By Lilian Anekwe
The axe has fallen on a string of Department of Health arm’s length bodies, as the Government dramatically ramps up its crackdown on NHS efficiency by announcing it will cut NHS administration by half.
During the election the Conservatives pledged to light a ‘bonfire of quangos’ and make ministers and NHS staff accountable for decisions by removing thousands of NHS managers and public sector workers.
The vow began to take shape today, as the Department of Health announced several agencies, including the NHS Institute for Innovation for Improvement – who had been tasked with identifying and setting indicators for primary care efficiency gains – will be scrapped from April 2012.
Other high-profile victims of the cuts, outlined in a report on the Department of Health’s review of arm’s length bodies published today, include the Health Protection Agency and the National Patient Safety Agency.
In a ministerial statement, health secretary Andrew Lansley said the Government had an ‘economic imperative’ to slash the red tape within the NHS, and said that their pledge to guarantee real-terms increase in healthcare spending could only be met by making ‘significant cuts in the costs of healthcare bureaucracy’.
The Government estimates that the overhaul of quangos and arm’s lengths bodies will reduce administration costs by 45%.
The Department of Health agencies set to be axed are:
• the Health Protection Agency and the National Treatment Agency, whose functions will be transferred the new Public Health Service
• the National Patient Safety Agency and NHS Institute for Innovation and Improvement, the Alcohol Education Research Council, and the Appointments Commission will be abolished
• the NHS Litigation Authority and NHS Business Services Authority will be subject to a ‘commercial review’ to gauge its long-term viability
• others, including the Council for Healthcare Regulatory Excellence and the General Social Care Council will either have their functions transferred or moved out of the sector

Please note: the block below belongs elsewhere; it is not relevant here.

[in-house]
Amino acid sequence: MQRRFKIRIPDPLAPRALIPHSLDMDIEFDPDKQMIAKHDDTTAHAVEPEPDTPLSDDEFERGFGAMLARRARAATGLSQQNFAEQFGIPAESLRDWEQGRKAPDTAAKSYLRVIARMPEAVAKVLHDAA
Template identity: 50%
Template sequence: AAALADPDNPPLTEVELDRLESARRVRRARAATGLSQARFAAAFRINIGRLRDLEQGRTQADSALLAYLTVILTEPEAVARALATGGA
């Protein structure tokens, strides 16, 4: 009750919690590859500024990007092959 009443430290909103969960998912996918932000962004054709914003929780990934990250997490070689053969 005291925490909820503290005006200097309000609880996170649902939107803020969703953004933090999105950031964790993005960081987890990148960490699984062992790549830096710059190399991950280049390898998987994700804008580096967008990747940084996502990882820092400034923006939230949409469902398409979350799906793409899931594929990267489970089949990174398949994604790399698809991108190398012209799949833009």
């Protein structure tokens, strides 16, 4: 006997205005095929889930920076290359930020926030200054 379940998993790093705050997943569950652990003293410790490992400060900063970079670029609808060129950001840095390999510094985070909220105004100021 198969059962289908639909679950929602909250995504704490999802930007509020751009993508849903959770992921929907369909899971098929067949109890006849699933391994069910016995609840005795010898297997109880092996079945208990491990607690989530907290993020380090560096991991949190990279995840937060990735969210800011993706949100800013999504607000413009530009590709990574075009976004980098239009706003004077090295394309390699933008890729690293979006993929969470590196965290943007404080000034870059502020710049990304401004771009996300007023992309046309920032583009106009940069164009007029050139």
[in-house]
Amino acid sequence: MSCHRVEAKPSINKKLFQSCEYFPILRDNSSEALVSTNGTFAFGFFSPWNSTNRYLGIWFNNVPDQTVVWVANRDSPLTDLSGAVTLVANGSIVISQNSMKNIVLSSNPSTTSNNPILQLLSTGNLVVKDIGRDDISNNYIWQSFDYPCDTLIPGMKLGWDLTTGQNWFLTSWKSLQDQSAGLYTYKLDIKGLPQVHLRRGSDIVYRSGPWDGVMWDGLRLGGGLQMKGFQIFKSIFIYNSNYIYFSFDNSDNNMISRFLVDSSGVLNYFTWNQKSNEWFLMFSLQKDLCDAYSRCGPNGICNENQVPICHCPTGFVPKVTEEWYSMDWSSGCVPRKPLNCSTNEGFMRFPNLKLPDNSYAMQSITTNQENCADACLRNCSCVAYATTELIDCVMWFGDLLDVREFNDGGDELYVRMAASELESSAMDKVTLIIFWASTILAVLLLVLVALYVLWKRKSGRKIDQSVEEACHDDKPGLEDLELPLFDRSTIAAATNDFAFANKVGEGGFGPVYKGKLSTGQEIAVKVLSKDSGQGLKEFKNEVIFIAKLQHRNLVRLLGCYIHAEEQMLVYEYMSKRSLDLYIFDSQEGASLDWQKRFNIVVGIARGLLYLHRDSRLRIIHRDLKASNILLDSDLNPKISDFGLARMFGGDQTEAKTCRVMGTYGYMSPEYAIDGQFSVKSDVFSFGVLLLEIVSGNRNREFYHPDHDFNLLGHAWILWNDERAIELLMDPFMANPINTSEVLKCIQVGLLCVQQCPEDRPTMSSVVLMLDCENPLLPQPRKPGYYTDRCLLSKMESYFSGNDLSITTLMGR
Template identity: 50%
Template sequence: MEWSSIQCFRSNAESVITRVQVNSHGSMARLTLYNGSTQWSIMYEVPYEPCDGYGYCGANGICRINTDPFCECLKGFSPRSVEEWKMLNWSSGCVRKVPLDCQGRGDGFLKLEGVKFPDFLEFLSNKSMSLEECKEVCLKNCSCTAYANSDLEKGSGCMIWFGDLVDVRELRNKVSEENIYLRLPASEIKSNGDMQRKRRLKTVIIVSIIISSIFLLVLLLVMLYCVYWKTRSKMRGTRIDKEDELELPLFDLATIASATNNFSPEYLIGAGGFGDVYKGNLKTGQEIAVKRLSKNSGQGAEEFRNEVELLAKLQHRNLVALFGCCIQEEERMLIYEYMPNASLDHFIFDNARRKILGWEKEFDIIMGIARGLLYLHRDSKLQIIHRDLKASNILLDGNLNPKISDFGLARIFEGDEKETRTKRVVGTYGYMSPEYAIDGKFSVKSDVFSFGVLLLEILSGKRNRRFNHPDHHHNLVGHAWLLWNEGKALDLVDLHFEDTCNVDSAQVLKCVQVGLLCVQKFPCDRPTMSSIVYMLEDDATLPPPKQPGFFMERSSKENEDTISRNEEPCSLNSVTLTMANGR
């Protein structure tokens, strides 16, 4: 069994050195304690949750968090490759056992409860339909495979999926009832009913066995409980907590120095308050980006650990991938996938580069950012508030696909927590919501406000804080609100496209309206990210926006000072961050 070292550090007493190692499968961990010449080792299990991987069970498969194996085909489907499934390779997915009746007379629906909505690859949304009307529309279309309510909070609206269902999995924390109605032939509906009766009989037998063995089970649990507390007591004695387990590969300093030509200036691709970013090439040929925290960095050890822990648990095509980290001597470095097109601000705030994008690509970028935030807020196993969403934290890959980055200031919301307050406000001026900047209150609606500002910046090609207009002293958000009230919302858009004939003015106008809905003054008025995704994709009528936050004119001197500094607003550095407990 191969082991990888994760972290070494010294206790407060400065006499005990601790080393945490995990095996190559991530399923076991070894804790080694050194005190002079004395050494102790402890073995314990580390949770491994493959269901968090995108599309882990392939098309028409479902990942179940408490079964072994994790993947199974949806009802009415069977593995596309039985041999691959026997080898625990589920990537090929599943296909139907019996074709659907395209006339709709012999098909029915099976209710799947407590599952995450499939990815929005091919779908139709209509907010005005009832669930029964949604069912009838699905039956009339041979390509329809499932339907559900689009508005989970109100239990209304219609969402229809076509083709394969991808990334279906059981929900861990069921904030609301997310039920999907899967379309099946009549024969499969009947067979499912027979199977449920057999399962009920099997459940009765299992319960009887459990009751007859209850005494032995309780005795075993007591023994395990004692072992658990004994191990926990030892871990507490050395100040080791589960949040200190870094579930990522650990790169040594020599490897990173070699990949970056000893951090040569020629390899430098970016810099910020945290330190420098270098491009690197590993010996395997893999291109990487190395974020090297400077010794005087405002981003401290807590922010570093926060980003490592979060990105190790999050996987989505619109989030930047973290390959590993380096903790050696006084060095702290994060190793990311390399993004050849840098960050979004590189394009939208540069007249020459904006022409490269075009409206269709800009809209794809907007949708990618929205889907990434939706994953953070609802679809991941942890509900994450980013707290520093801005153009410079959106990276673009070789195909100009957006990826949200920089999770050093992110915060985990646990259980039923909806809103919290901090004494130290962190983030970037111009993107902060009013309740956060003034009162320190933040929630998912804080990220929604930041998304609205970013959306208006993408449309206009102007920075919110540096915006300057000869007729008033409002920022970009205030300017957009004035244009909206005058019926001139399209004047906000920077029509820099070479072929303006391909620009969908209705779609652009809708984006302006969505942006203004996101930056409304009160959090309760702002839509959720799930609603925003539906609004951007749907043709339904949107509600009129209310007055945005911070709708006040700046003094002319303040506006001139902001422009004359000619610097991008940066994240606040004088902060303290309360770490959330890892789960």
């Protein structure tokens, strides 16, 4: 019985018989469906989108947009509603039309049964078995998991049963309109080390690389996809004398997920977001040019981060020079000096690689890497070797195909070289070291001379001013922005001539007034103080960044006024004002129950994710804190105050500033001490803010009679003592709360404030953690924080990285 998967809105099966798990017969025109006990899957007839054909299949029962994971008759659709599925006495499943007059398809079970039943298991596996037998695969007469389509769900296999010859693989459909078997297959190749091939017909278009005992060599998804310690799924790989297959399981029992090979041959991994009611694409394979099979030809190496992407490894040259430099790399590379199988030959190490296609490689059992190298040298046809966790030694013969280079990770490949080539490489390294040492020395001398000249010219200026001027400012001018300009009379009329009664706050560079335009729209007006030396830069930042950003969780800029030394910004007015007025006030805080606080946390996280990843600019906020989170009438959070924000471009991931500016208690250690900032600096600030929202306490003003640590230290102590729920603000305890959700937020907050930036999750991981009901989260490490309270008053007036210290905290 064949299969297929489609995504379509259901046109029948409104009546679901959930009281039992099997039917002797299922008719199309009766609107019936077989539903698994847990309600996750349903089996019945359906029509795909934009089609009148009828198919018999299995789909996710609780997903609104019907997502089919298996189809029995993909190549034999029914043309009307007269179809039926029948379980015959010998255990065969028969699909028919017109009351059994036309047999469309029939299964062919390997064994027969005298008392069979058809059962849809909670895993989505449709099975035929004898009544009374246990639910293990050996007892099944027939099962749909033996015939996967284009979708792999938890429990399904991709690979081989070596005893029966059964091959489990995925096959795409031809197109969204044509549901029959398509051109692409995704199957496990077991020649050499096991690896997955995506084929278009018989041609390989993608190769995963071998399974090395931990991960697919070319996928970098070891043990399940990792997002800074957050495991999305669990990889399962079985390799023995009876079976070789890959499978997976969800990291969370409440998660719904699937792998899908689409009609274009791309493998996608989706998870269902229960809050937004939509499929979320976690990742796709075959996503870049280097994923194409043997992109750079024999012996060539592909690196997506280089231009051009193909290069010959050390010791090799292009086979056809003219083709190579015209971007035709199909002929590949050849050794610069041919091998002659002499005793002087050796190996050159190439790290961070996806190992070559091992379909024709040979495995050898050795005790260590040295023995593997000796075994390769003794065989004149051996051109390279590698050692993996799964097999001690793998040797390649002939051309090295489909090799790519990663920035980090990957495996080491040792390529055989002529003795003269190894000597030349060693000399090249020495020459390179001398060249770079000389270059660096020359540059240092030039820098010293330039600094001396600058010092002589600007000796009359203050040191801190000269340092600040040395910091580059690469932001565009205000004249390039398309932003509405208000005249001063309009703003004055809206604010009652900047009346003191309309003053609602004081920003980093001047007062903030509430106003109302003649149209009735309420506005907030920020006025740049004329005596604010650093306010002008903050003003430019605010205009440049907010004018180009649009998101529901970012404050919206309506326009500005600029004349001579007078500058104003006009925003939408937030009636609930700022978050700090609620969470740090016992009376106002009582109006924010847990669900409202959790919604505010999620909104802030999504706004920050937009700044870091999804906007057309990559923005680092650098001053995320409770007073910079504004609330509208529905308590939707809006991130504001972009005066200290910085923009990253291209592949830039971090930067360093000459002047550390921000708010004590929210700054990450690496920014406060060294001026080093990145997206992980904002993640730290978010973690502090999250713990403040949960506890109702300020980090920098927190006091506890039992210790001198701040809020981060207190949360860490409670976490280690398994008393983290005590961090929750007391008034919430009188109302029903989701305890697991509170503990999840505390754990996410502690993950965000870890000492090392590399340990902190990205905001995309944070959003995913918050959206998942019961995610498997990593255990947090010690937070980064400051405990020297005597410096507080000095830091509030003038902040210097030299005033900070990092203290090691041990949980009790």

Six bodies have a ‘clear future’ the review concluded and will in several cases have their remits expanded. NICE, the Care Quality Commission, the Medicines & Healthcare products Regulatory Agency (MHRA) , and the NHS Information Centre will all escape the cuts.
Mr Lansley said: ‘The Government’s proposed reforms of the NHS will establish more autonomous institutions, with greater freedoms, clear duties and transparency in their responsibilities to patients.
‘Power will be devolved to the frontline. Liberating the NHS will fundamentally change the role of the Department and those bodies accountable to it. Changes to the arm’s-length body sector must reflect these wider reforms.’
The NHS Confederation, which represents NHS organisations, backed the streamlining of the arms length sector.
But Nigel Edwards, its acting chief executiv, warned: ‘It is important to ensure that this process does not mean important functions carried out by the bodies being abolished are lost to the NHS.
‘We must also never lose sight of the fact that, while this process may help to save money, the sums involved are likely to only make a very small contribution to the £15-20 billion the NHS needs to find over the next four years.’
Slashing quangos will save 45% in NHS administration costs